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Scientists discover new species at Papahanaumokuakea

By Associated Press

LAST UPDATED: 07:17 p.m. HST, Jun 20, 2013

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Scientists made new discoveries while recently diving to deep coral reefs in the remote atolls of northwest Hawaii.

The Papahanaumokuakea Marine National Monument says a research expedition returned last week with specimens of previously unknown deep-water algae. The scientists also brought back the first recorded specimens of black coral from Johnston Atoll.

The researchers visited Nihoa, Mokumanamana, French Frigate Shoals and Laysan Island. They later went to the Johnston Atoll National Wildlife Refuge.

Scientists collected fish, coral and algae samples for genetic analysis and searched for invasive alien species. At Johnston Atoll, they conducted archaeological surveys of the Howland, a whaling ship wreck from the late 1800s.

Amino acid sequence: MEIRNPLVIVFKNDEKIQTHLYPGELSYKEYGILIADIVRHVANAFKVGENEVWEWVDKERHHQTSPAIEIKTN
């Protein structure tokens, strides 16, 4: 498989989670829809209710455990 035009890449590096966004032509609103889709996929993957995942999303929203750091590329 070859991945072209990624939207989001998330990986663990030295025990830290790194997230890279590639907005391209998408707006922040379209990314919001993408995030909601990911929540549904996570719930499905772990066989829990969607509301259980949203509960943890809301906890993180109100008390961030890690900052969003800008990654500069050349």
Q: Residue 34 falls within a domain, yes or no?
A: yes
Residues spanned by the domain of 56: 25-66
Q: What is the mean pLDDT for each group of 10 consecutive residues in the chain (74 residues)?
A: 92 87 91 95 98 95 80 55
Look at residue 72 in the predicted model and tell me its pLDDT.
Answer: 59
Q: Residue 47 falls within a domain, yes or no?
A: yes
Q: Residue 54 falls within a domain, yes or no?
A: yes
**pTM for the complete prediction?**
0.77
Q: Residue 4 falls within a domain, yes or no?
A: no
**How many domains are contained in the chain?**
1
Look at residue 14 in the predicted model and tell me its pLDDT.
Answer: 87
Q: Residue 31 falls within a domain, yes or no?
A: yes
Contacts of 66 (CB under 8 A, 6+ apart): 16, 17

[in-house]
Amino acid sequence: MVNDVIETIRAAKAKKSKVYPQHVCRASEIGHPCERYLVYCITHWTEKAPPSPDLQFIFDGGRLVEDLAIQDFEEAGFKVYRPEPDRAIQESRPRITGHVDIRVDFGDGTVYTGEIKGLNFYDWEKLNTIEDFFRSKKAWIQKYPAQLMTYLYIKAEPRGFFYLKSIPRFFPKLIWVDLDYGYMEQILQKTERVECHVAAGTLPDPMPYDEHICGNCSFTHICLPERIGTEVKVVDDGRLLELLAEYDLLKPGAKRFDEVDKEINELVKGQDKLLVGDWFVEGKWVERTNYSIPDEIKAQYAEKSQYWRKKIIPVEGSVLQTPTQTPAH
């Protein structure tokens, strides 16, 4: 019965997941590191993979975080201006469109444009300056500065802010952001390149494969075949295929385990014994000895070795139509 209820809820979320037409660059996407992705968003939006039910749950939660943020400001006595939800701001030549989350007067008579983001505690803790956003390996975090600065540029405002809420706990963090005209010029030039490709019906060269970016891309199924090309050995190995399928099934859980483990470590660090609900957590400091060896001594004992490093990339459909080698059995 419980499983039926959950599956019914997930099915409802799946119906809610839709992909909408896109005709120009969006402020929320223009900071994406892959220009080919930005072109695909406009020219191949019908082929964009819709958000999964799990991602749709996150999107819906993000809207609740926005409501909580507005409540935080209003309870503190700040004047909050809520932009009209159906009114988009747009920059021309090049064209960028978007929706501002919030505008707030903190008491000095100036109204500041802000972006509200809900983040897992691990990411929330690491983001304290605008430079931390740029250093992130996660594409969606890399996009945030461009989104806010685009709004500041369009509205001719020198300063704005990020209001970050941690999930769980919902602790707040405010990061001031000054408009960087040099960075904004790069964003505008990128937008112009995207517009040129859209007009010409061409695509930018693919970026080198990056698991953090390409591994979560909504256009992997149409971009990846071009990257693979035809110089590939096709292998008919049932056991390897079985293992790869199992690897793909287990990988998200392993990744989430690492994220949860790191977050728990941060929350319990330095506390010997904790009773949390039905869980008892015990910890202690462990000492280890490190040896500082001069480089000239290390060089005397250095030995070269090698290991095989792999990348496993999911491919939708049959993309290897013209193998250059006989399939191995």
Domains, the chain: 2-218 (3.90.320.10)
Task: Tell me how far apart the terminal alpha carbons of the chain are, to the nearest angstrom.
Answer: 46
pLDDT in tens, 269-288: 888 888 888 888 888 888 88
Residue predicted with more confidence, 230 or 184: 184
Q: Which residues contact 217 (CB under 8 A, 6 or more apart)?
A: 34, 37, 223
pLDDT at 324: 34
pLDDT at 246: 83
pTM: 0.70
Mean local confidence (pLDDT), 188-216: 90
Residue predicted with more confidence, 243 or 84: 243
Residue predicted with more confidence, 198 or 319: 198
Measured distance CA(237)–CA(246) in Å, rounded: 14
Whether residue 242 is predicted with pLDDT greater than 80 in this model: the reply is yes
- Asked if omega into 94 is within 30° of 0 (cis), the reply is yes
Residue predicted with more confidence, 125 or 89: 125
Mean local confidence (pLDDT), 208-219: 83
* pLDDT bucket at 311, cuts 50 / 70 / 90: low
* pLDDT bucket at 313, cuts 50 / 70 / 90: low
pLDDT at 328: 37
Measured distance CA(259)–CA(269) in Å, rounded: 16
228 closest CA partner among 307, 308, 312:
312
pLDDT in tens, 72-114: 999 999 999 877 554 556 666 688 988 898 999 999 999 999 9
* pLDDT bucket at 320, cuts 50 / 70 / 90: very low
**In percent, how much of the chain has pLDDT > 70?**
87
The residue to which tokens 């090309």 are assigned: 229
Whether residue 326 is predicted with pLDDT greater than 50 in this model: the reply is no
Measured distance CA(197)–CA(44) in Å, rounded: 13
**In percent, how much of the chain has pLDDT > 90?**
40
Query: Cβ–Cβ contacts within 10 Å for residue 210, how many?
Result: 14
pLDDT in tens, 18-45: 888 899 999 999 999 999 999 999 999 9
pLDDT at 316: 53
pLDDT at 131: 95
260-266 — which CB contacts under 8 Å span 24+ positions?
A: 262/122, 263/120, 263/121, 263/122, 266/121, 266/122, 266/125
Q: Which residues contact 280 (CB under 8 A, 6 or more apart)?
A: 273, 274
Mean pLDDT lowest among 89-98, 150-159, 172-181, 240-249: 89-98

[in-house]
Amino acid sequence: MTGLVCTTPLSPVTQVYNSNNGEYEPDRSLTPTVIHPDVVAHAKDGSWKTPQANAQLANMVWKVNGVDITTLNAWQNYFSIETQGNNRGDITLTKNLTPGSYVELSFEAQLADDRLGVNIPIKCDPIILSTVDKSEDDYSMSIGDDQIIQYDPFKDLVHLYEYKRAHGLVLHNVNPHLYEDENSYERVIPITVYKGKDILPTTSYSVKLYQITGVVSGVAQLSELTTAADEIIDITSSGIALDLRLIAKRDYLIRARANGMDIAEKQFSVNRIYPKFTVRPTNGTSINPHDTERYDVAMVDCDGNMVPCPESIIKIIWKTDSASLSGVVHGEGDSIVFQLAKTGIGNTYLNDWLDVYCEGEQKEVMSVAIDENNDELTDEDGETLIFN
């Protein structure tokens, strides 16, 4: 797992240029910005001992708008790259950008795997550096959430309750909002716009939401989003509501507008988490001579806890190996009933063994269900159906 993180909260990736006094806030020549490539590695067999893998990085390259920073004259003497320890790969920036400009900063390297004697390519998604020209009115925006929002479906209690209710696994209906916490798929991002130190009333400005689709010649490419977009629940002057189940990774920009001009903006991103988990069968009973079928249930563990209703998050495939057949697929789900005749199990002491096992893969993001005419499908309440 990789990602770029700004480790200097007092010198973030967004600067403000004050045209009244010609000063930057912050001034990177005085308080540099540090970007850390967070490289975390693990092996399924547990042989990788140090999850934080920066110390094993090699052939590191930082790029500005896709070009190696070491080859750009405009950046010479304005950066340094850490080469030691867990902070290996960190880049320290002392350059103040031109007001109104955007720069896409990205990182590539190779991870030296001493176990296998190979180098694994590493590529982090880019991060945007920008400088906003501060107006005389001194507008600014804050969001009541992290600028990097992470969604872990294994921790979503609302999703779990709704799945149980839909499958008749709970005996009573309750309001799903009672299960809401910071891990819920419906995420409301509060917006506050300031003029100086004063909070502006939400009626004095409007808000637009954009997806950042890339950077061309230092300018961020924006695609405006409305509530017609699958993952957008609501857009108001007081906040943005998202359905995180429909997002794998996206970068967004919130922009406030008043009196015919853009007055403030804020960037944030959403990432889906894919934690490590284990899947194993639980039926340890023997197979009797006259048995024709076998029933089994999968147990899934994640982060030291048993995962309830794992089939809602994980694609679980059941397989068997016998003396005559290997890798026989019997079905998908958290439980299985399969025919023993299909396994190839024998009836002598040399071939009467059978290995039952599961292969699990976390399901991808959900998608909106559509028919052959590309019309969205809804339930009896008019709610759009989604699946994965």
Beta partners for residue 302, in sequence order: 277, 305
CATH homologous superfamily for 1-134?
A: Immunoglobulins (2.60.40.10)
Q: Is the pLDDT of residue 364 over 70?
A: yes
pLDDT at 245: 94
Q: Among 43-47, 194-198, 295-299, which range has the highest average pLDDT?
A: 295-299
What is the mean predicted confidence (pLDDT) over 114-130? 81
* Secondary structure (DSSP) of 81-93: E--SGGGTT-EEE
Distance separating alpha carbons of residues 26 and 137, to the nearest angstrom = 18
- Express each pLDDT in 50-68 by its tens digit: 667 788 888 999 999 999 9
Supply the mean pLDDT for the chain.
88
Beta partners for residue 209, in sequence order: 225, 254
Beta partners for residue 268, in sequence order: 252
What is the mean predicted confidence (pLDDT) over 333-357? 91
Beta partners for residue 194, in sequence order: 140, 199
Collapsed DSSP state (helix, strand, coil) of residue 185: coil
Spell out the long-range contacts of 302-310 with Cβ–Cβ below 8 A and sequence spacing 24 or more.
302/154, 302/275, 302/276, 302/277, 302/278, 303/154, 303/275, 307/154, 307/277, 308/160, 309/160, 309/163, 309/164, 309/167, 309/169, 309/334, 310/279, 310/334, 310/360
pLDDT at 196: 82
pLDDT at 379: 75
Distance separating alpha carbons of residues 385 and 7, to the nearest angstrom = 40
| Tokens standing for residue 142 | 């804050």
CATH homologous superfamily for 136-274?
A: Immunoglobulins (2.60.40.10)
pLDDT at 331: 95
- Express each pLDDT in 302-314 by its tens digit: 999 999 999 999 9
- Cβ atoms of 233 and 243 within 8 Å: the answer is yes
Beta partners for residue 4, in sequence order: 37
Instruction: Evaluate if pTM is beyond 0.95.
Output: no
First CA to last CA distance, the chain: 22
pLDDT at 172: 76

The monument said Monday the expedition included 26 days of diving to deep coral reefs more than 200 feet below the surface.

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allie wrote:
on June 20,2013 | 10:45AM
Hapa_Haole_Boy wrote:
Papahanaumokuakea is a veritable, thousand cubic mile petrie dish, for the creation and expansion of marine biodiversity. Splendid.
on June 20,2013 | 11:52AM
cojef wrote:
Susan Scott should join them the next time out. Her stories of marine life in their natural habitat are out of this world.
on June 20,2013 | 12:16PM
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